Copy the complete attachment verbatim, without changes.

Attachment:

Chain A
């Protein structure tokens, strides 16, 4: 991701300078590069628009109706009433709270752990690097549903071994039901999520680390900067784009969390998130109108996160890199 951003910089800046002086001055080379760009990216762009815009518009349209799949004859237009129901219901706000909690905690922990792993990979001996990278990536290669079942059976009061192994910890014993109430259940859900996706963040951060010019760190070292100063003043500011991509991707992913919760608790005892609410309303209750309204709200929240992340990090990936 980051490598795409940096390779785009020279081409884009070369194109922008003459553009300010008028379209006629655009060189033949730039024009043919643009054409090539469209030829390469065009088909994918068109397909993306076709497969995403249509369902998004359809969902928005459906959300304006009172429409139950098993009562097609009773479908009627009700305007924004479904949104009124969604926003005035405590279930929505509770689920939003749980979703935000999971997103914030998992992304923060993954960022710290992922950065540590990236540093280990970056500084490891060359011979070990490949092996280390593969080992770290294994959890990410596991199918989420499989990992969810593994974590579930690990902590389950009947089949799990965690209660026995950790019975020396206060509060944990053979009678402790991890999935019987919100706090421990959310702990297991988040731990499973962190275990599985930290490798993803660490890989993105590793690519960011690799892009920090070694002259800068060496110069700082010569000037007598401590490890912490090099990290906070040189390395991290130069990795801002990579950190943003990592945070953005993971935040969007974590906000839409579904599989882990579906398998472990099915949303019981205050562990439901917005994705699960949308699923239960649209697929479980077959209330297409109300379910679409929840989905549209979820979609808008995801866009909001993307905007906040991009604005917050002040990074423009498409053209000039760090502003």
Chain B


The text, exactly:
Chain A
């Protein structure tokens, strides 16, 4: 991701300078590069628009109706009433709270752990690097549903071994039901999520680390900067784009969390998130109108996160890199 951003910089800046002086001055080379760009990216762009815009518009349209799949004859237009129901219901706000909690905690922990792993990979001996990278990536290669079942059976009061192994910890014993109430259940859900996706963040951060010019760190070292100063003043500011991509991707992913919760608790005892609410309303209750309204709200929240992340990090990936 980051490598795409940096390779785009020279081409884009070369194109922008003459553009300010008028379209006629655009060189033949730039024009043919643009054409090539469209030829390469065009088909994918068109397909993306076709497969995403249509369902998004359809969902928005459906959300304006009172429409139950098993009562097609009773479908009627009700305007924004479904949104009124969604926003005035405590279930929505509770689920939003749980979703935000999971997103914030998992992304923060993954960022710290992922950065540590990236540093280990970056500084490891060359011979070990490949092996280390593969080992770290294994959890990410596991199918989420499989990992969810593994974590579930690990902590389950009947089949799990965690209660026995950790019975020396206060509060944990053979009678402790991890999935019987919100706090421990959310702990297991988040731990499973962190275990599985930290490798993803660490890989993105590793690519960011690799892009920090070694002259800068060496110069700082010569000037007598401590490890912490090099990290906070040189390395991290130069990795801002990579950190943003990592945070953005993971935040969007974590906000839409579904599989882990579906398998472990099915949303019981205050562990439901917005994705699960949308699923239960649209697929479980077959209330297409109300379910679409929840989905549209979820979609808008995801866009909001993307905007906040991009604005917050002040990074423009498409053209000039760090502003």
Chain B